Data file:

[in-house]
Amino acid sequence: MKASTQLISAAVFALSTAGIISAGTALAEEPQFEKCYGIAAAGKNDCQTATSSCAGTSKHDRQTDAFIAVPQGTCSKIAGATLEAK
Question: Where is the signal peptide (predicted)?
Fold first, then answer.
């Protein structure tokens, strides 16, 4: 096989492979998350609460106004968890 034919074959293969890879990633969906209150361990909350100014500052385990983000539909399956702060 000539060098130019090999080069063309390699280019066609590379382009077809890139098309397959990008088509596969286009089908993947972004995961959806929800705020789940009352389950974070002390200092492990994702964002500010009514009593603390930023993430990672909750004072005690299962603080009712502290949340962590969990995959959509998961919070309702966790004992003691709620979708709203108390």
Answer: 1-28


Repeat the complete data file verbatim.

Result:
[in-house]
Amino acid sequence: MKASTQLISAAVFALSTAGIISAGTALAEEPQFEKCYGIAAAGKNDCQTATSSCAGTSKHDRQTDAFIAVPQGTCSKIAGATLEAK
Question: Where is the signal peptide (predicted)?
Fold first, then answer.
């Protein structure tokens, strides 16, 4: 096989492979998350609460106004968890 034919074959293969890879990633969906209150361990909350100014500052385990983000539909399956702060 000539060098130019090999080069063309390699280019066609590379382009077809890139098309397959990008088509596969286009089908993947972004995961959806929800705020789940009352389950974070002390200092492990994702964002500010009514009593603390930023993430990672909750004072005690299962603080009712502290949340962590969990995959959509998961919070309702966790004992003691709620979708709203108390």
Answer: 1-28